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Plan ahead for travel outside the United States. Vaccines generally take at least 2 weeks to 1 month to become effective. Learn about potential health risks and how to prevent exposure to illness before you leave.
When traveling to less developed areas of the world where hygiene and sanitation may be inadequate, these precautions are generally recommended to help prevent diseases from food:
Do not eat raw vegetables or fruit unless they can be peeled and you can peel them yourself. Avoid lettuce, salads and other green leafy vegetables.
Do not eat raw or rare meat including fish.
Avoid unpasteurized milk or dairy products including such items as ice cream and soft cheeses.
Avoid eating food purchased from street vendors.
Eat well-cooked foods while they are still hot.
Safe alternatives to plain water include drinks made with boiled water (coffee, tea, soup), beer and wine, canned or bottled carbonated drinks.
Ice should be avoided in areas were public water supplies are unsafe or unreliable. Alcohol in liquor will not sterilize contaminated water or ice in mixed drinks.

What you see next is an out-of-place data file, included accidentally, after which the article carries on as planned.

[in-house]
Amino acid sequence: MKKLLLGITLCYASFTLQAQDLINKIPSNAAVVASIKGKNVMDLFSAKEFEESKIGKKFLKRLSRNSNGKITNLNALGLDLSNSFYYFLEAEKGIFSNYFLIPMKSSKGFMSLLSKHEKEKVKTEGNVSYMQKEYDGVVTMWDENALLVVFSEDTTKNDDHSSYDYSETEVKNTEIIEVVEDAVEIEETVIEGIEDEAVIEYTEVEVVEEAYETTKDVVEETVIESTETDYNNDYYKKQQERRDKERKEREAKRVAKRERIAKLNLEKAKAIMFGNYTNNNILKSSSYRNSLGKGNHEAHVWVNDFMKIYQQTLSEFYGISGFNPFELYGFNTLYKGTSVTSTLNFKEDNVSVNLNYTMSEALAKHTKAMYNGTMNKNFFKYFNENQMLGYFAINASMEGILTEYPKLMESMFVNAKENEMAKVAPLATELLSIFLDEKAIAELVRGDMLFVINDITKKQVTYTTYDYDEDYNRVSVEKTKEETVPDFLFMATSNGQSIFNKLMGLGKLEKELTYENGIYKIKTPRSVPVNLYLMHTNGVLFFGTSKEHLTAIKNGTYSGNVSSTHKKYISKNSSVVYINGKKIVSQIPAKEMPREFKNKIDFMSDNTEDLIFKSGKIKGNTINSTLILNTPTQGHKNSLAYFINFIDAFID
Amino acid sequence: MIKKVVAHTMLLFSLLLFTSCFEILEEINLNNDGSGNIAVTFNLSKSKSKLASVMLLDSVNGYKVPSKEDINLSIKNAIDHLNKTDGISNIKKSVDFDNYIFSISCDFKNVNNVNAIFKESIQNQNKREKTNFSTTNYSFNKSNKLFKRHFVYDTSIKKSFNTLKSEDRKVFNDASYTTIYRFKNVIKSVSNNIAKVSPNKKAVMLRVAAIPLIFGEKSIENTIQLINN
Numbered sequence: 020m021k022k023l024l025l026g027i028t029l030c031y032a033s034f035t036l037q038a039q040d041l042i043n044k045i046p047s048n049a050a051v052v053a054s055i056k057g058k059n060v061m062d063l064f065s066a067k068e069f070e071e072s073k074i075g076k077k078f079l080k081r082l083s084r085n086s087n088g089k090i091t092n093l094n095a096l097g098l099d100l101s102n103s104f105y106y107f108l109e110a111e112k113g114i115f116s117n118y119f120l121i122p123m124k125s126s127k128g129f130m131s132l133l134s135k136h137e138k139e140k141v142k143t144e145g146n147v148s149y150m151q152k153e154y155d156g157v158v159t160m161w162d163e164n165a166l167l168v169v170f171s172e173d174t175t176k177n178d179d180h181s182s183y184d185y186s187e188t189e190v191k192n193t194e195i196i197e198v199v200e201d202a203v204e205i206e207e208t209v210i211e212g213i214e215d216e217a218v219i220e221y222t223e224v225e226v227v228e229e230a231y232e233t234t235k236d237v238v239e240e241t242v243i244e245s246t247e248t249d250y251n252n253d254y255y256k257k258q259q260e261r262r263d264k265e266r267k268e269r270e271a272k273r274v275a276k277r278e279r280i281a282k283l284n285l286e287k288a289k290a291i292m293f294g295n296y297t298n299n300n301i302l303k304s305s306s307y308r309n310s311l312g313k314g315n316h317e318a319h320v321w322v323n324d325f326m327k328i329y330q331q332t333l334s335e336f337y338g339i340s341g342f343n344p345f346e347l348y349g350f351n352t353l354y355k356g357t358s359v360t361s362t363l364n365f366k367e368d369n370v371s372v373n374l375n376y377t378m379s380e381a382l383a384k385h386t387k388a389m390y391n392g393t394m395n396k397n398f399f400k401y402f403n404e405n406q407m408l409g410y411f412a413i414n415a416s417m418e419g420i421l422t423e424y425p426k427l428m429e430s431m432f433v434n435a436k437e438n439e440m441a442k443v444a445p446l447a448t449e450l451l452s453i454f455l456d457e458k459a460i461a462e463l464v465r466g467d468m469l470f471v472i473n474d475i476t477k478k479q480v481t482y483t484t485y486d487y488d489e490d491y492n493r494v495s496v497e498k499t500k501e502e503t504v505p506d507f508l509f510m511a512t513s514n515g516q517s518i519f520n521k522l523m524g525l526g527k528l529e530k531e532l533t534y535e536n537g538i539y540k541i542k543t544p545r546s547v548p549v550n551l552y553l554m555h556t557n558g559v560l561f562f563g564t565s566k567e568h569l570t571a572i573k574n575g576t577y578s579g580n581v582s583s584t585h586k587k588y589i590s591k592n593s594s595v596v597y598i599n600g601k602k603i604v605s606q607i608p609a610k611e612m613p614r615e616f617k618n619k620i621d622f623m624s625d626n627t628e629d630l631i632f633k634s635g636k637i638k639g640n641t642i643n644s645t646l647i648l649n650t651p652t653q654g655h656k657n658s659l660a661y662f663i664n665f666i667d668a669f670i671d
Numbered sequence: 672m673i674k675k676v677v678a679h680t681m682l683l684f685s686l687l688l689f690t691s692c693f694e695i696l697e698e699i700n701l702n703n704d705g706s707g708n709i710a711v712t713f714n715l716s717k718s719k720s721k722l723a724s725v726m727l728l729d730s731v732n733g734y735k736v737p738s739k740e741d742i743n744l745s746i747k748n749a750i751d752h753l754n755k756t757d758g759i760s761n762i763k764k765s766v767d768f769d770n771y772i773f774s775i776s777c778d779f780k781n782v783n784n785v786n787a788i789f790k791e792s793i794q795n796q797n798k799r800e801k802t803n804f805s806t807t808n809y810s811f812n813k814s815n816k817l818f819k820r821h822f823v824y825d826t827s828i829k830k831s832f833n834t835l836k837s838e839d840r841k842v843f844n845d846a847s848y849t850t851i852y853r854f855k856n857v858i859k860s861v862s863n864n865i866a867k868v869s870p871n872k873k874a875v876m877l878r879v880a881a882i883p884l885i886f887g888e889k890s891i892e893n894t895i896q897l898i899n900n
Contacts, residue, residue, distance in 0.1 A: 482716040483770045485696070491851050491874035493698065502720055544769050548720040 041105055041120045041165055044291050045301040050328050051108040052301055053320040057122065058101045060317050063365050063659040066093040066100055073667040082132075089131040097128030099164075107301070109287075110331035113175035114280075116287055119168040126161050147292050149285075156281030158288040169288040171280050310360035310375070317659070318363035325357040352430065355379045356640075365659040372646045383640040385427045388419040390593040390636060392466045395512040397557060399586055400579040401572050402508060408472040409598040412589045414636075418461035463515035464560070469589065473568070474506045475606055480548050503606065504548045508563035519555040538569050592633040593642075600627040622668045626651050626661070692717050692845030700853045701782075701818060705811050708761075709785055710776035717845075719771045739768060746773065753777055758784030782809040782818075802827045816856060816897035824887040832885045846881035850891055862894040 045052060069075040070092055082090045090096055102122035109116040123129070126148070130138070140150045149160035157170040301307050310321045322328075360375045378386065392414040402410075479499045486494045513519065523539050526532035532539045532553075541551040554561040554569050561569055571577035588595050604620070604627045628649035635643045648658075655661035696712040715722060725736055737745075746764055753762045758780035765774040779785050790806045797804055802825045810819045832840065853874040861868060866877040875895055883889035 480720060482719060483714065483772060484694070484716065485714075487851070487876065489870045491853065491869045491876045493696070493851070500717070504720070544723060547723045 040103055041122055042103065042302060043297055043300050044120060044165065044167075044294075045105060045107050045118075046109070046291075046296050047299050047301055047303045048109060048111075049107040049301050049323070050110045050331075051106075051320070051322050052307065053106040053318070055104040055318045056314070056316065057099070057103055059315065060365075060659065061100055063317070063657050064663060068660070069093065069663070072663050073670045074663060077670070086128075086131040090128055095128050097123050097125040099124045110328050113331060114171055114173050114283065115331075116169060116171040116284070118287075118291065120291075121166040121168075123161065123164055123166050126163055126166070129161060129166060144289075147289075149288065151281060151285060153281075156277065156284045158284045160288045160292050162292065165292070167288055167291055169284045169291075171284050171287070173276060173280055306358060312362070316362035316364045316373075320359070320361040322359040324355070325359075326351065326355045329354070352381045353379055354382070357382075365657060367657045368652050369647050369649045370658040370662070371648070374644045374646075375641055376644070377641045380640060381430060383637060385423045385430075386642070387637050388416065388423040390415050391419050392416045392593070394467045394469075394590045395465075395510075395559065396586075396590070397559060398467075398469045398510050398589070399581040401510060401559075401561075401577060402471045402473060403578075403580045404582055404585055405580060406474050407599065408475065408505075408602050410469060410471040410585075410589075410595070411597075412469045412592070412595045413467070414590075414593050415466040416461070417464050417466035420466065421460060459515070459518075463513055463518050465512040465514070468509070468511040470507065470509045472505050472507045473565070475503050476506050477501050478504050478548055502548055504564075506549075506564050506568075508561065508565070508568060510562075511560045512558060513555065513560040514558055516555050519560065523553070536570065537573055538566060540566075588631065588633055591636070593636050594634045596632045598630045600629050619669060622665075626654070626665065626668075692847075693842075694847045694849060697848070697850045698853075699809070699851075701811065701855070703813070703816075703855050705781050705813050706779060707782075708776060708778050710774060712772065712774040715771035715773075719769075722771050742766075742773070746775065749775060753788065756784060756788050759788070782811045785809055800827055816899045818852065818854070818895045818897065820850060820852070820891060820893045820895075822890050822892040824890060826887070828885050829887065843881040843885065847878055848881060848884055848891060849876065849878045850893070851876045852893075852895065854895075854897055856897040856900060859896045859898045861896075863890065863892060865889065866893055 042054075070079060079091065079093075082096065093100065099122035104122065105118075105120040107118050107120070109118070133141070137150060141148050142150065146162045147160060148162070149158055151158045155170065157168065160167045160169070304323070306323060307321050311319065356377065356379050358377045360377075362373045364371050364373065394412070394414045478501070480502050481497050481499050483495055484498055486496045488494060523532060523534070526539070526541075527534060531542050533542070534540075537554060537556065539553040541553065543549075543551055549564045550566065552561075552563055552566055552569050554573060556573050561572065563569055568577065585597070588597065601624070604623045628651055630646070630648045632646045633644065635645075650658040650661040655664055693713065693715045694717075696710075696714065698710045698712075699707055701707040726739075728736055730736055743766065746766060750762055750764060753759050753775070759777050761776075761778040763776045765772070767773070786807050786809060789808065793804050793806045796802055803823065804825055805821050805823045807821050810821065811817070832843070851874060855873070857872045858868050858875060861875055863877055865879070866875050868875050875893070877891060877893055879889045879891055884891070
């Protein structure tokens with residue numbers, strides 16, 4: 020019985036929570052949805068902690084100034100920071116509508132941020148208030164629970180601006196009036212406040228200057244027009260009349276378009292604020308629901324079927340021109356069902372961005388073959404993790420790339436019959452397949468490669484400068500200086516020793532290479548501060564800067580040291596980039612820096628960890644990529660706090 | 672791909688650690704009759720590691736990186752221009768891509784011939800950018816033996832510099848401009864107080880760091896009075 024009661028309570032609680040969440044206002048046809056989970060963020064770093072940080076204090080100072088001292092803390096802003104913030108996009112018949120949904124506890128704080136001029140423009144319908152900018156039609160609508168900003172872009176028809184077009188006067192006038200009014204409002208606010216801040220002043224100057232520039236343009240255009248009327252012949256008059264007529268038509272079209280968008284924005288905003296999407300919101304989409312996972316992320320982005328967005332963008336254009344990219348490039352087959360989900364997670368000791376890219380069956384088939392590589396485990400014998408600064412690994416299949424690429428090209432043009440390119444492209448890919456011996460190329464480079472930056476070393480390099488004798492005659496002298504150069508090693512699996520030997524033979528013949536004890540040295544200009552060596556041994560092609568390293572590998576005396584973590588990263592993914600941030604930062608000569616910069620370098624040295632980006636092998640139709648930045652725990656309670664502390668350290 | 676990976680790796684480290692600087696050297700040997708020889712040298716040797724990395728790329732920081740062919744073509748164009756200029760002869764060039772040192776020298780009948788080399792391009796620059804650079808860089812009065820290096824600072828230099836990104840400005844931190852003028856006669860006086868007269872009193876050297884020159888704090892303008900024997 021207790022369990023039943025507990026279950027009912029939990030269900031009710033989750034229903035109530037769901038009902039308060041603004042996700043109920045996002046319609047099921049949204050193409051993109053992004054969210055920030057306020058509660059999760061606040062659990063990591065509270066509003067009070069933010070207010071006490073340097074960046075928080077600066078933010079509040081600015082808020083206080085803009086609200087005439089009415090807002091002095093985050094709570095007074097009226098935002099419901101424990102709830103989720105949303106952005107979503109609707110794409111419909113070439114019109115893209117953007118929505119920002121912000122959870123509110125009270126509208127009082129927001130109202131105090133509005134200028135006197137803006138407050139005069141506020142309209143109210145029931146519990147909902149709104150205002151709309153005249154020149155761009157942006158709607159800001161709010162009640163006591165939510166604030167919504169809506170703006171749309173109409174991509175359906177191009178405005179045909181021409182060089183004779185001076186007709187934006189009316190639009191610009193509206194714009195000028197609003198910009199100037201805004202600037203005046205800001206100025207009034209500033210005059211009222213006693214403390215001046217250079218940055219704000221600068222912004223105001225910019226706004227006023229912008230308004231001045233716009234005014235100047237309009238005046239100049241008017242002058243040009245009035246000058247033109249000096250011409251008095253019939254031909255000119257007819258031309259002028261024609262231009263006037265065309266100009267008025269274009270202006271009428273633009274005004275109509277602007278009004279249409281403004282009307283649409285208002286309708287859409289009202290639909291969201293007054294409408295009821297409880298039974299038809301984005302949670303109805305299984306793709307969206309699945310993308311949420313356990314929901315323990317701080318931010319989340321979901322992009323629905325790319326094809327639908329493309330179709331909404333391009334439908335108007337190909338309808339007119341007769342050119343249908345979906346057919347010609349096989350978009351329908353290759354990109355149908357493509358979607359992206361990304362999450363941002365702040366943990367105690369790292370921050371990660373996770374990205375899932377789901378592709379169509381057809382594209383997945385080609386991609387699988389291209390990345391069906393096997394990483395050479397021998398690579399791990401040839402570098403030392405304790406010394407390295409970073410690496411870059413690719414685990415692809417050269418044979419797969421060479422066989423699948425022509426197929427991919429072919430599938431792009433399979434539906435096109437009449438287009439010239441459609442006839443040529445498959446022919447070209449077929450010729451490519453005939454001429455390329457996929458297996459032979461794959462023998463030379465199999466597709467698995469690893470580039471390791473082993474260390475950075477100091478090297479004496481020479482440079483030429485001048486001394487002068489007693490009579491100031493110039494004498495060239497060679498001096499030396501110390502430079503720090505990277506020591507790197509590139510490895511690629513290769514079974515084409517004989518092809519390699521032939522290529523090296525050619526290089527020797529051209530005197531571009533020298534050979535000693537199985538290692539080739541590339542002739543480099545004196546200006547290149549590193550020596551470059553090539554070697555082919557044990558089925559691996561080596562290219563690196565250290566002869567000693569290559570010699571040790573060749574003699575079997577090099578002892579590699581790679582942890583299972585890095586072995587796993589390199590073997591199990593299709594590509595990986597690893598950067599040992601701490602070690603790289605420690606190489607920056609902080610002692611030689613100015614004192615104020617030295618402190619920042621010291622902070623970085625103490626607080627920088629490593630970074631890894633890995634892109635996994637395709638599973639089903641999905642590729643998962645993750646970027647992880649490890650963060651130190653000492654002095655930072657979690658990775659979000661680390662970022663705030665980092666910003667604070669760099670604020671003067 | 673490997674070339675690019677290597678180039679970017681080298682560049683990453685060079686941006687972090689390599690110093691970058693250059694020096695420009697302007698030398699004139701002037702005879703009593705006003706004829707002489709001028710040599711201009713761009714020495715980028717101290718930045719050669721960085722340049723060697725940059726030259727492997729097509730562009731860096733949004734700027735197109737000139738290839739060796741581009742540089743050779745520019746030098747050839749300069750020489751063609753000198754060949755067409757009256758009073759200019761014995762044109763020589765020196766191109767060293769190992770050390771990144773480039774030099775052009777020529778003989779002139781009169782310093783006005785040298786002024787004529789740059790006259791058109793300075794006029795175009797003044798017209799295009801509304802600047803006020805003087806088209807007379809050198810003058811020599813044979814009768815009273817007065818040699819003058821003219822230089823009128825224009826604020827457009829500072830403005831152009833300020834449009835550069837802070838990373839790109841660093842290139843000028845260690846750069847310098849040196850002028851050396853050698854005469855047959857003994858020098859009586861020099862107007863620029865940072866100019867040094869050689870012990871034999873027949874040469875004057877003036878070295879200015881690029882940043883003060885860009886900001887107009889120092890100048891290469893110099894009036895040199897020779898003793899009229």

Where water may be contaminated, travelers should avoid brushing their teeth with tap water.
Speak with your doctor about medicines to prevent or treat traveler's diarrhea.
Some diseases can come from the bite of mosquitoes. Protective measures include:
Remaining in well-screened areas
Sleeping under mosquito netting
Wearing clothing that covers most of the body, including arms and legs
Using DEET-containing insect repellent - be sure to follow label directions
Using flying-insect spray containing pyrethrum in living and sleeping areas during evening and nighttime hours
Speaking with your doctor about the possible need to take medicines to prevent malaria
Vaccines and Medications
You may need to get vaccinated if you will be traveling outside of the United States. You also may need to take medicines for prevention of malaria, which should be started 1 to 2 weeks before arrival in malarious areas.
In some parts of the world there may be disease risks associated with swimming in natural water areas. Generally the only totally safe swimming area is a well-chlorinated, well-maintained swimming pool.
In most parts of the world, at least some animals are potential sources of rabies. Contact with wild and domestic animals (even dogs and cats) should be avoided.
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